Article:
Good Beer Comes to The Big Easy

The tenth anniversary of Hurricane Katrina has inspired a spate of stories about New Orleans’ revival. One story, by Nora McGunnigle, describes how her hometown has finally developed a taste for craft beer.

There are multiple theories as to why craft beer got off to such a slow start, including stringent zoning restrictions, inconsistent state regulations, and, especially, the perception that beer was just a thirst-quencher. What reversed that trend was food, which Louisiana is famous for. People have discovered that good beer not only has flavor, but also pairs well with the local cuisine.

In the ten years since the storm, breweries have opened across southern Louisiana. NOLA Brewing was the first production brewery to open in New Orleans proper after the storm. The second, Courtyard Brewing, opened last year. Meanwhile, the city’s beer bars have discovered that there’s a demand for good beer, and its restaurants have started to offer beer-friendly menus.

The Friday Mash (Very Endangered Species Edition)

On this day in 1844, the last two known great auks were killed. These large flightless penguin-like birds, which lived in the North Atlantic, were hunted to extinction because their down was in high demand in Europe.

And on that auk-ward note…The Mash!

We begin in China, where designer Li Rongjun has built an office out of 8,500 empty beer bottles. Rongjun has a degree in construction from the Inner Mongolia University of Science & Technology.

Lagunitas Brewing Company will build a third brewery in Asuza, California. The new plant, with a projected capacity of more than 400,000 barrels a year, is expected to open in early 2017.

Molson’s Beer Fridge will make an appearance at this month’s Pan-American Games in Toronto. The latest edition will dispense a free Molson to those who say “I Am Canadian” in any of 40 languages.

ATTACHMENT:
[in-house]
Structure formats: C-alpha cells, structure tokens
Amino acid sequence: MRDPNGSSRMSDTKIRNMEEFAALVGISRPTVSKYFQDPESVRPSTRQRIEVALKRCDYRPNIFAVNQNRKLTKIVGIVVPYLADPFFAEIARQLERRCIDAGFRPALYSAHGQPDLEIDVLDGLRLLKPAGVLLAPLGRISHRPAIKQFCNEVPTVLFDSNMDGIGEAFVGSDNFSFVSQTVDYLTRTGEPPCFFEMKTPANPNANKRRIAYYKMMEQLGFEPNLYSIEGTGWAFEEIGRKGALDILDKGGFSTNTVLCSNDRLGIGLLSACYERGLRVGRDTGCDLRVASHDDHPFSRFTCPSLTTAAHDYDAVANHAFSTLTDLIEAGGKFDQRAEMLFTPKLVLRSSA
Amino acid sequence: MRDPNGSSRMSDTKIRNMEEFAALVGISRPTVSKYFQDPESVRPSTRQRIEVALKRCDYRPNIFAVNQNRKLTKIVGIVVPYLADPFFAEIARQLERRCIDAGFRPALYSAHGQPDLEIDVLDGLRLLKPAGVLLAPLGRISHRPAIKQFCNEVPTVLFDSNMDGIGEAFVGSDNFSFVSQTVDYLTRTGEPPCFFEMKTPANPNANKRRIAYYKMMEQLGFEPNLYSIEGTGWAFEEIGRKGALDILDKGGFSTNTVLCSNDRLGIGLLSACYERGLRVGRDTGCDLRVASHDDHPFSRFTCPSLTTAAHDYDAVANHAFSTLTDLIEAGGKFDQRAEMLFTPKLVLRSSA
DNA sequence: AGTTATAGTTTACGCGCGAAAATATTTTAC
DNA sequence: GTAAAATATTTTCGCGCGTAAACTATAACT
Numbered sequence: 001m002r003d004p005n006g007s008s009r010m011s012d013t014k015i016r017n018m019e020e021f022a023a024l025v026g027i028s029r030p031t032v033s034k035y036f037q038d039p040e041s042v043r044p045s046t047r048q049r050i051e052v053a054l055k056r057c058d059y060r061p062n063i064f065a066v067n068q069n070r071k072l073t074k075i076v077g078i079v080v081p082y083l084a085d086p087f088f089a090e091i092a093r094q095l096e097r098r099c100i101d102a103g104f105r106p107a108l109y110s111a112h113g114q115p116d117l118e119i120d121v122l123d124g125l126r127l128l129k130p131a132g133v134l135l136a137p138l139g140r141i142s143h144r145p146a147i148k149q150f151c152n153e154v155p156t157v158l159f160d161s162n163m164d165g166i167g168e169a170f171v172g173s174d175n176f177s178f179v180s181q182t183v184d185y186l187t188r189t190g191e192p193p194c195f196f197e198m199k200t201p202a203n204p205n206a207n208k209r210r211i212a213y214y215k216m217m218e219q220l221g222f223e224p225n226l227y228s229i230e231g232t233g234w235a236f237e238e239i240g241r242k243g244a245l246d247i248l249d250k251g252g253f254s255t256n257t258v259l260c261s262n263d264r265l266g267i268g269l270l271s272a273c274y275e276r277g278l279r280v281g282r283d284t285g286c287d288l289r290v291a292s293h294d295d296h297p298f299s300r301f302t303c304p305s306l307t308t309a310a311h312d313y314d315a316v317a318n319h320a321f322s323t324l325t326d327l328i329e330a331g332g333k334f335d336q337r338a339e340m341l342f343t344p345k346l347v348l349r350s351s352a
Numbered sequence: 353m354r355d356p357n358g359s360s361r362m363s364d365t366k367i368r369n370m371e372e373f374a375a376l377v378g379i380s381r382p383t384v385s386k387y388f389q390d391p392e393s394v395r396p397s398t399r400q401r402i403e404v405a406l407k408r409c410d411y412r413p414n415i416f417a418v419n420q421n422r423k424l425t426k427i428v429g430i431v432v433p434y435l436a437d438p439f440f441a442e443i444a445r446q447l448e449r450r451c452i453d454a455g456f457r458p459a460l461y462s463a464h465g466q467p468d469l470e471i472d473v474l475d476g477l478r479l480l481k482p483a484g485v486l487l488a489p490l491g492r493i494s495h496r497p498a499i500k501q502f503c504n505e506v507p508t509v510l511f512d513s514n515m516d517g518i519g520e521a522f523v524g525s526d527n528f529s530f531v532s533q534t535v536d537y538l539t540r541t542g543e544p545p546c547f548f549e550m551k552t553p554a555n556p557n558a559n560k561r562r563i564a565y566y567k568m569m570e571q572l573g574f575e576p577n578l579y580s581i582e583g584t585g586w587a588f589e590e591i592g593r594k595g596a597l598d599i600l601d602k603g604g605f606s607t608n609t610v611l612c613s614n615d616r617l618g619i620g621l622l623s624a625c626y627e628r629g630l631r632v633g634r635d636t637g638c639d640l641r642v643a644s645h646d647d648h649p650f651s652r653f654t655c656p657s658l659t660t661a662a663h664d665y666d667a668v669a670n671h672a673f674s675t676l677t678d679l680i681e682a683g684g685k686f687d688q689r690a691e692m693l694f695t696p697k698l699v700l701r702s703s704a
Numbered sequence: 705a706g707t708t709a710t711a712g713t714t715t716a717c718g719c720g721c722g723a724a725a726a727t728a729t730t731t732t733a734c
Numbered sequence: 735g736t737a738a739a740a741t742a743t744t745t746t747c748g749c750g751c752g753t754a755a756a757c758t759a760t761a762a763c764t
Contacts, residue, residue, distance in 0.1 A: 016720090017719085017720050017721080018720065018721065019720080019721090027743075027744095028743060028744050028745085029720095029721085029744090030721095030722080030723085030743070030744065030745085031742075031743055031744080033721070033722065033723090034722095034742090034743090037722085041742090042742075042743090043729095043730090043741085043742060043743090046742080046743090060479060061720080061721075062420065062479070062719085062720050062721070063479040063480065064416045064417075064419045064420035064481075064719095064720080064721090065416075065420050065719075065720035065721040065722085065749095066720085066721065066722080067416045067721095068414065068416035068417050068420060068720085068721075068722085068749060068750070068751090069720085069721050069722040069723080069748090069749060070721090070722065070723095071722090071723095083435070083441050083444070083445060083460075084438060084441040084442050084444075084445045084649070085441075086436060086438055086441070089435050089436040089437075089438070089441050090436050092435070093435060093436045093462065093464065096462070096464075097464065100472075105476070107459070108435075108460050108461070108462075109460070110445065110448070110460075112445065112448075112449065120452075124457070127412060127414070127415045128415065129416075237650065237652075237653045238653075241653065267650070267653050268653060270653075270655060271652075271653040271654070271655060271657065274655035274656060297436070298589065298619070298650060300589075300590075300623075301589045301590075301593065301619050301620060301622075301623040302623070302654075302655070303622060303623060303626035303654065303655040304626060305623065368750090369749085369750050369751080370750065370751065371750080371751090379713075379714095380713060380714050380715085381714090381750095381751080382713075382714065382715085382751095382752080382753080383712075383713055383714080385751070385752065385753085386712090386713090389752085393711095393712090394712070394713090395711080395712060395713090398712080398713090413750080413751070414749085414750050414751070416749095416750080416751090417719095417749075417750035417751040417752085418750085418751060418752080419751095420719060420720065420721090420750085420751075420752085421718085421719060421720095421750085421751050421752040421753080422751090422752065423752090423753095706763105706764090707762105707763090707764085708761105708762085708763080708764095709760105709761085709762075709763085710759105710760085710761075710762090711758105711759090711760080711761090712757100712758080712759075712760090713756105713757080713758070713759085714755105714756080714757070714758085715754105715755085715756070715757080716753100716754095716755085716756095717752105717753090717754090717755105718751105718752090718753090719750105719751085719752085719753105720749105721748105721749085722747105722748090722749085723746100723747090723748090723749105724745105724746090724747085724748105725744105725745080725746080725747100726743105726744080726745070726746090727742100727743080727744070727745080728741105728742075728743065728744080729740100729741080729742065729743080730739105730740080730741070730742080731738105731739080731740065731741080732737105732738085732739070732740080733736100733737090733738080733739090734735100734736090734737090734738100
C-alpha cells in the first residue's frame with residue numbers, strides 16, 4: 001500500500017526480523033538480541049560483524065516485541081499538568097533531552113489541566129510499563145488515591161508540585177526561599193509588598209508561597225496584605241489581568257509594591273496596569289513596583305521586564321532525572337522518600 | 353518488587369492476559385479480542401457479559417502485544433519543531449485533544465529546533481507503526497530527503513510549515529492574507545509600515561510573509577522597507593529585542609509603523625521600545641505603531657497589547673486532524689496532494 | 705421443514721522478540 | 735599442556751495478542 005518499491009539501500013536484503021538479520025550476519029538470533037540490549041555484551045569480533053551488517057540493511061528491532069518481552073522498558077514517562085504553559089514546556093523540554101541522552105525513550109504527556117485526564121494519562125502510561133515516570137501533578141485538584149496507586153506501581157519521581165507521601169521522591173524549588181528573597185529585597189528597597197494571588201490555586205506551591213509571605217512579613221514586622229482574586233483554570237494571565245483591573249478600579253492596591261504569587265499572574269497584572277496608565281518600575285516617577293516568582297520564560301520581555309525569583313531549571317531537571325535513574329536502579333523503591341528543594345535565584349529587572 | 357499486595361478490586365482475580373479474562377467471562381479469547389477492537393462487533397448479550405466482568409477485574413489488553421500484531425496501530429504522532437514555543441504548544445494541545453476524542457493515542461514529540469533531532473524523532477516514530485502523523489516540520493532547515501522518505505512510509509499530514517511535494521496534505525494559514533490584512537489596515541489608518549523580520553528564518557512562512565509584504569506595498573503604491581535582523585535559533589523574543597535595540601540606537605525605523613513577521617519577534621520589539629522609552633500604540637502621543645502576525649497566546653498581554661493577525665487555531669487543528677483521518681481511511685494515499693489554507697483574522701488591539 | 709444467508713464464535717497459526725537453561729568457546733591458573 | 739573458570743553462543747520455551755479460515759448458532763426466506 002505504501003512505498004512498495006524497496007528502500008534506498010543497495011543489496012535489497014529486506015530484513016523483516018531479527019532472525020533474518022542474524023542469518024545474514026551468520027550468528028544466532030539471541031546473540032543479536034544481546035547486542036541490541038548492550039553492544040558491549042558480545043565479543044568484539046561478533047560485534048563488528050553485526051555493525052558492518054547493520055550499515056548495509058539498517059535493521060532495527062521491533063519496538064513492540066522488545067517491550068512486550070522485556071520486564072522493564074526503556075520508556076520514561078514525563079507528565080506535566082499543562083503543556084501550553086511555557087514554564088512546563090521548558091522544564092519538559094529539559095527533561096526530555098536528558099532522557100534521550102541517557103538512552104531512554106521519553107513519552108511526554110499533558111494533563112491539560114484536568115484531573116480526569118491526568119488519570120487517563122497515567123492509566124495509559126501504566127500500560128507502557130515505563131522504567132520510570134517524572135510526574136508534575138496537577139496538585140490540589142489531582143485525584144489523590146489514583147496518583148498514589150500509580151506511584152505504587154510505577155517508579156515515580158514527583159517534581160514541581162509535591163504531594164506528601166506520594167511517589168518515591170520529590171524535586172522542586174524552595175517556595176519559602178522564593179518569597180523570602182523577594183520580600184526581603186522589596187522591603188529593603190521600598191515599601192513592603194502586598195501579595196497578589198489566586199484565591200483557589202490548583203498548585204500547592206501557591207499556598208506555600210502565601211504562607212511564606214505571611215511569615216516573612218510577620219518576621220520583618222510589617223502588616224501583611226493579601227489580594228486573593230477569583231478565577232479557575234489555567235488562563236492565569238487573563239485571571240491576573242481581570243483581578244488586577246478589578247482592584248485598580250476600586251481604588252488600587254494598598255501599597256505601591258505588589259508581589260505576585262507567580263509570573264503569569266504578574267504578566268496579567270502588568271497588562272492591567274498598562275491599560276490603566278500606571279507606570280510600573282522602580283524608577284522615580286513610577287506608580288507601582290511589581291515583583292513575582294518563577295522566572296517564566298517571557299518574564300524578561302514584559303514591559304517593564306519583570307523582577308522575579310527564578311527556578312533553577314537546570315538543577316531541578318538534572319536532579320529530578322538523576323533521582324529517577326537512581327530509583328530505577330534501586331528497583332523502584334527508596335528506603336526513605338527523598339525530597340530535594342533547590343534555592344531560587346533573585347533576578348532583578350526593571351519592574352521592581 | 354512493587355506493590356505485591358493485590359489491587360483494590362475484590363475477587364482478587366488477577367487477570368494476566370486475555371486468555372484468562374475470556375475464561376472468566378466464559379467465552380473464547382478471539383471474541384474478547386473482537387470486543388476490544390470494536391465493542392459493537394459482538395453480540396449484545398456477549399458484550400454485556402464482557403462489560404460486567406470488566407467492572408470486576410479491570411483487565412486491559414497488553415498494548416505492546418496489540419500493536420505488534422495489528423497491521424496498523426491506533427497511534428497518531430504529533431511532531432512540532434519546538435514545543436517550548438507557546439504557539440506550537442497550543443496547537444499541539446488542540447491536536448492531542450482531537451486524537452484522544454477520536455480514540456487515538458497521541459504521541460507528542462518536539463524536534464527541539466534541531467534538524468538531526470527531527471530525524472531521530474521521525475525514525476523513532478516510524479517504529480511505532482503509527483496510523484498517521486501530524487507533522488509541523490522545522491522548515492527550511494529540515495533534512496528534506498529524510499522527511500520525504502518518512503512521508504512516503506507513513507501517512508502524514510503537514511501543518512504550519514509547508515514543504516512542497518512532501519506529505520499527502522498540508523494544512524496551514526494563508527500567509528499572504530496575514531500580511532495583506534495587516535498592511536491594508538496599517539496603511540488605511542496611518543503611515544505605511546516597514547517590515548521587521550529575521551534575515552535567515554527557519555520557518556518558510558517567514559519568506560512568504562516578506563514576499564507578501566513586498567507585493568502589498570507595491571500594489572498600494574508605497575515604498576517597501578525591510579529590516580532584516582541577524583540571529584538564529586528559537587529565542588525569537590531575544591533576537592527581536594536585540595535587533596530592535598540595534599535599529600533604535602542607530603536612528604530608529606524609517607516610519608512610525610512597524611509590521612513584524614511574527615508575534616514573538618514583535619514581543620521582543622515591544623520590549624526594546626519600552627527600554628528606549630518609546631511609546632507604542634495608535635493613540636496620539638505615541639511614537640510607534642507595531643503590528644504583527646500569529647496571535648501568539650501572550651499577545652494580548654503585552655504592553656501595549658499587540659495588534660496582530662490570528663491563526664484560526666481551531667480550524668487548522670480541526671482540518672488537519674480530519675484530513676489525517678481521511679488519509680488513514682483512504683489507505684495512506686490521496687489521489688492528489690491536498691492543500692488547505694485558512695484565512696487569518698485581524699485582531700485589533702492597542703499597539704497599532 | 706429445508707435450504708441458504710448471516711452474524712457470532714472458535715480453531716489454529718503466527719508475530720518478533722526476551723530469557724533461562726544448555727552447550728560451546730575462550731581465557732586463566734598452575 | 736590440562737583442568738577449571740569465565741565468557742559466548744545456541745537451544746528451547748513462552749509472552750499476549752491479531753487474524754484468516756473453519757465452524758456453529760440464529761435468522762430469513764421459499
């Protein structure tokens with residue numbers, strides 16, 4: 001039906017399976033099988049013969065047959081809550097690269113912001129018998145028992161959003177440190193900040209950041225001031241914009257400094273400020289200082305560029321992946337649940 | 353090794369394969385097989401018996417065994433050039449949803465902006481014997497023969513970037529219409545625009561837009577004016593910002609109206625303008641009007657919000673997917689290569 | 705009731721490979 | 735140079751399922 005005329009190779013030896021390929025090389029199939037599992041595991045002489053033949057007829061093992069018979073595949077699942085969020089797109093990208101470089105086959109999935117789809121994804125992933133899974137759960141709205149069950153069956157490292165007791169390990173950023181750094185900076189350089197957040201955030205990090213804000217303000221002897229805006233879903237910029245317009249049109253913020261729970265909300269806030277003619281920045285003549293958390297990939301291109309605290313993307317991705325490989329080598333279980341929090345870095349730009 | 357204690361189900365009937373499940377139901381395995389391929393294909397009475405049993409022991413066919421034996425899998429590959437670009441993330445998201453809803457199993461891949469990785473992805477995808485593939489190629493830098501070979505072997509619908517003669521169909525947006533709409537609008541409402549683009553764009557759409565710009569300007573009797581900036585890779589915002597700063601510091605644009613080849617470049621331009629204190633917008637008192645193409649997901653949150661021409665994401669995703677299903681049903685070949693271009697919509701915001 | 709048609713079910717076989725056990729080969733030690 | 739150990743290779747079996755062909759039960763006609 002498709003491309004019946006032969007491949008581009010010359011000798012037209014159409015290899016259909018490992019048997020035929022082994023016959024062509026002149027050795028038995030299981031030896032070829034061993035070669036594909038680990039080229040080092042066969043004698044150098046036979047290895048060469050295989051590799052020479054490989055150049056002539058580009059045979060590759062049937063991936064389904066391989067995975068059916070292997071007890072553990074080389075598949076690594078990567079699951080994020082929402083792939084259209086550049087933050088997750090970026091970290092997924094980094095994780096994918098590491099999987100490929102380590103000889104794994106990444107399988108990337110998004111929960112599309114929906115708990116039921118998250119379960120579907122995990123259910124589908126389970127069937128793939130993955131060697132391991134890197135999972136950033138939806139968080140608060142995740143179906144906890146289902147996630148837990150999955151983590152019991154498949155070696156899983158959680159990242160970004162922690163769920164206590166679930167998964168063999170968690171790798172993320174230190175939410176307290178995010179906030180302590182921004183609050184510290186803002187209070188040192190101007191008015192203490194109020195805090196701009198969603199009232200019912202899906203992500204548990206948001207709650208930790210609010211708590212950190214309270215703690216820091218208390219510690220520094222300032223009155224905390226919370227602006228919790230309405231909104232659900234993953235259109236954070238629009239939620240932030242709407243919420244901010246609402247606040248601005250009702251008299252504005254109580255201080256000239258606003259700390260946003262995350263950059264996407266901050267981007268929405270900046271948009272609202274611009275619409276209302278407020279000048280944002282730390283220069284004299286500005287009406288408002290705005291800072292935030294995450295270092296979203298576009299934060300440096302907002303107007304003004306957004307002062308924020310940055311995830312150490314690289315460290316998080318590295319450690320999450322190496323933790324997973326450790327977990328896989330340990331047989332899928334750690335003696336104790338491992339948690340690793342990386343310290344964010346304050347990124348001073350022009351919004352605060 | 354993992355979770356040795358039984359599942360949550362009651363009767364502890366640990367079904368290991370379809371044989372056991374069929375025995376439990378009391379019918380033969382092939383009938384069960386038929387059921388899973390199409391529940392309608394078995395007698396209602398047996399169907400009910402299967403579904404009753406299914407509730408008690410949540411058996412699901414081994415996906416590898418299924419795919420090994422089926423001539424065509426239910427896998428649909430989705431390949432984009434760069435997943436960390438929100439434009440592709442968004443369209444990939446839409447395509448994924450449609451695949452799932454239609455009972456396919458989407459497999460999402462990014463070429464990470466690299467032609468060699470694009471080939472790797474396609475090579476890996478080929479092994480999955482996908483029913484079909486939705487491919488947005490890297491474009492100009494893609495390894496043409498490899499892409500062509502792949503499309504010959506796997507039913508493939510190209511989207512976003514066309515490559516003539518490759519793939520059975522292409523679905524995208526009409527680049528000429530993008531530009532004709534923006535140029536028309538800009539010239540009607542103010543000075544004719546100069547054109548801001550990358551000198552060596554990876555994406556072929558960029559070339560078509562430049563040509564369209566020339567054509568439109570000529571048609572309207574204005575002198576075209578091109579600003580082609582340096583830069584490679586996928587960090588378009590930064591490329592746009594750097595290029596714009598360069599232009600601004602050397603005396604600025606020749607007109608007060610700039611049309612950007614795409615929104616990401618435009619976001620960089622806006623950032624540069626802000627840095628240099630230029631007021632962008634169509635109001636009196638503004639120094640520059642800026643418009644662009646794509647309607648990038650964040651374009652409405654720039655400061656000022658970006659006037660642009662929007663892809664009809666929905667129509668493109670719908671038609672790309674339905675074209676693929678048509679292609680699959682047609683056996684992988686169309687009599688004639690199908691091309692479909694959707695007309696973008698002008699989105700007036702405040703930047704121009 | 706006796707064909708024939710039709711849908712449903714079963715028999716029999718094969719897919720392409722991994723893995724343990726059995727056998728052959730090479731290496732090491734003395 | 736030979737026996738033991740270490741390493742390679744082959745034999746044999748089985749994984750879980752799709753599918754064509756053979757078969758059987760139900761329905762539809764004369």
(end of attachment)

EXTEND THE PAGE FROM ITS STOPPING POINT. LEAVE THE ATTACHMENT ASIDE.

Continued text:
Anita Brown, an artist in Los Angeles, has designed beers for each of the books in the Harry Potter series. They include Pilsner of Azkaban, Amber of Secrets, and Deathly Hops (h/t Jay Brooks).

Queen is the latest rock group to release its own beer. It’s a pilsner that will be called—what else?—Bohemian Rhapsody. The bottle’s design features a crest designed by Freddie Mercury himself while he was in college.

5 Rabbit Cerveceria has pulled a custom-brewed batch of ale from Chicago’s Trump Tower in protest of Donald Trump’s comments about Mexico. 5 Rabbit’s founder, is a native of Costa Rica.

Finally, New Orleans is rarely associated with German culture, but Tchoupitoulas Beer Garden, a year-round, Oktoberfest-inspired beer hall, will open this summer in the city’s Warehouse District.

Beers for the BCS

Leave it to the guys at The Bleacher Report to think of this. Josh Greller has come up with head-to-head beer battles to match the football games in this year’s Bowl Championship Series.

Ludwig tips his hat to Greller, who’s obviously done his homework. But he has to wonder how long it will take for someone from Baton Rouge–the home of the #1-ranked LSU Tigers–to point out that there’s a local brewery in town: the Tin Roof Brewing Company.

The Friday Mash (May Two-Four Edition)

Monday, May 24, is Queen Victoria’s birthday, a holiday that marks the unofficial start of summer in Canada. For obvious reasons, Canadians refer to the Victoria Day long weekend as “May two-four,” Canadian slang for a case of beer.

In the Queen’s honor, we lead off the Mash with a couple of items from north of the border:

There was an upset winner at the Ontario Brewing Awards: Lawn Chair Classic Weisse, a product of the Hop City Brewing Company, which is owned by Moosehead.

And on the West Coast, the first-ever B.C. Beer Awards were handed out during Vancouver Beer Week.

There’s more…

Asheville, North Carolina, holds the early lead in Beer City USA voting. Portland, Oregon, and San Diego round out the top three.

Jesse Hughey, who blogs at the Dallas Observer, names breweries whose best-known beer is their least interesting.

The “world’s most potent beer” title once again belongs to Franconia Schorschbock, which checks in at 43.38% ABV.

Don Russell, a/k/a Joe Sixpack, offers five places to drink beer before you die. Wrigley Field is on his list. We think that all of Wrigleyville belongs on that list. The way the Cubs have been playing, fans require a post-game pint or two.

Martyn Cornell, The Zythophile, draws this musical analogy: cask ale is to live music what bottled beer is to CDs. Hmm.

Finally, from the Later Rather Than Sooner Department: Oklahoma has finally legalized homebrewing. The fight now moves to Louisiana, where it’s still against the law to brew your own.

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